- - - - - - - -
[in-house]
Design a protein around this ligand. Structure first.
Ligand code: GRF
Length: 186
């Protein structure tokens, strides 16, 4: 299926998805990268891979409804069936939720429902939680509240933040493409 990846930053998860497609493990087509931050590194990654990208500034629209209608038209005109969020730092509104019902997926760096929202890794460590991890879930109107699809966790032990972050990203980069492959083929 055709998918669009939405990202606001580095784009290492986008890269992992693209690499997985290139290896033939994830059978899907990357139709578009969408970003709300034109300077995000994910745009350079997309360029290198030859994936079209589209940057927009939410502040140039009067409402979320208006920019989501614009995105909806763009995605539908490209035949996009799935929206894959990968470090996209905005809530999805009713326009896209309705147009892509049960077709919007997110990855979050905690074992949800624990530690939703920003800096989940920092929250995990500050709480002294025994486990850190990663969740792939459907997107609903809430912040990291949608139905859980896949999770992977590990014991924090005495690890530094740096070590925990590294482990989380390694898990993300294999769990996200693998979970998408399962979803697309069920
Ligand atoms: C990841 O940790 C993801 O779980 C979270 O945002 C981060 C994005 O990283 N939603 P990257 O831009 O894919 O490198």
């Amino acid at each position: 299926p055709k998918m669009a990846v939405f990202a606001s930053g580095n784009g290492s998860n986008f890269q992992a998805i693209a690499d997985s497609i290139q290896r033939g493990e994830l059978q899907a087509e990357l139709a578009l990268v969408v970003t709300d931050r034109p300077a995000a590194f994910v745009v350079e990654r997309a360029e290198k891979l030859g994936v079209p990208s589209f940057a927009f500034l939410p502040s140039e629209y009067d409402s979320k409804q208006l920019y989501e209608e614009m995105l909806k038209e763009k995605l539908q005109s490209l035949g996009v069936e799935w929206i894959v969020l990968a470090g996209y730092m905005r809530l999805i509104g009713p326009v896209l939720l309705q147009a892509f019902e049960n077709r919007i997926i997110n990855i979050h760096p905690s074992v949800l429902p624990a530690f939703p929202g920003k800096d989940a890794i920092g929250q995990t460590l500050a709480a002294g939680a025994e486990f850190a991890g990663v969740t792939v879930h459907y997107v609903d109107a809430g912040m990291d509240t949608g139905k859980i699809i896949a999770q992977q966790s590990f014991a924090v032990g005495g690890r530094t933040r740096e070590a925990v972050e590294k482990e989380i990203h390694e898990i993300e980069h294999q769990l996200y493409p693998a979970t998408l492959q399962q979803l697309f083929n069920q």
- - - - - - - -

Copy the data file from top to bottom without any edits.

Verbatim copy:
[in-house]
Design a protein around this ligand. Structure first.
Ligand code: GRF
Length: 186
């Protein structure tokens, strides 16, 4: 299926998805990268891979409804069936939720429902939680509240933040493409 990846930053998860497609493990087509931050590194990654990208500034629209209608038209005109969020730092509104019902997926760096929202890794460590991890879930109107699809966790032990972050990203980069492959083929 055709998918669009939405990202606001580095784009290492986008890269992992693209690499997985290139290896033939994830059978899907990357139709578009969408970003709300034109300077995000994910745009350079997309360029290198030859994936079209589209940057927009939410502040140039009067409402979320208006920019989501614009995105909806763009995605539908490209035949996009799935929206894959990968470090996209905005809530999805009713326009896209309705147009892509049960077709919007997110990855979050905690074992949800624990530690939703920003800096989940920092929250995990500050709480002294025994486990850190990663969740792939459907997107609903809430912040990291949608139905859980896949999770992977590990014991924090005495690890530094740096070590925990590294482990989380390694898990993300294999769990996200693998979970998408399962979803697309069920
Ligand atoms: C990841 O940790 C993801 O779980 C979270 O945002 C981060 C994005 O990283 N939603 P990257 O831009 O894919 O490198």
């Amino acid at each position: 299926p055709k998918m669009a990846v939405f990202a606001s930053g580095n784009g290492s998860n986008f890269q992992a998805i693209a690499d997985s497609i290139q290896r033939g493990e994830l059978q899907a087509e990357l139709a578009l990268v969408v970003t709300d931050r034109p300077a995000a590194f994910v745009v350079e990654r997309a360029e290198k891979l030859g994936v079209p990208s589209f940057a927009f500034l939410p502040s140039e629209y009067d409402s979320k409804q208006l920019y989501e209608e614009m995105l909806k038209e763009k995605l539908q005109s490209l035949g996009v069936e799935w929206i894959v969020l990968a470090g996209y730092m905005r809530l999805i509104g009713p326009v896209l939720l309705q147009a892509f019902e049960n077709r919007i997926i997110n990855i979050h760096p905690s074992v949800l429902p624990a530690f939703p929202g920003k800096d989940a890794i920092g929250q995990t460590l500050a709480a002294g939680a025994e486990f850190a991890g990663v969740t792939v879930h459907y997107v609903d109107a809430g912040m990291d509240t949608g139905k859980i699809i896949a999770q992977q966790s590990f014991a924090v032990g005495g690890r530094t933040r740096e070590a925990v972050e590294k482990e989380i990203h390694e898990i993300e980069h294999q769990l996200y493409p693998a979970t998408l492959q399962q979803l697309f083929n069920q």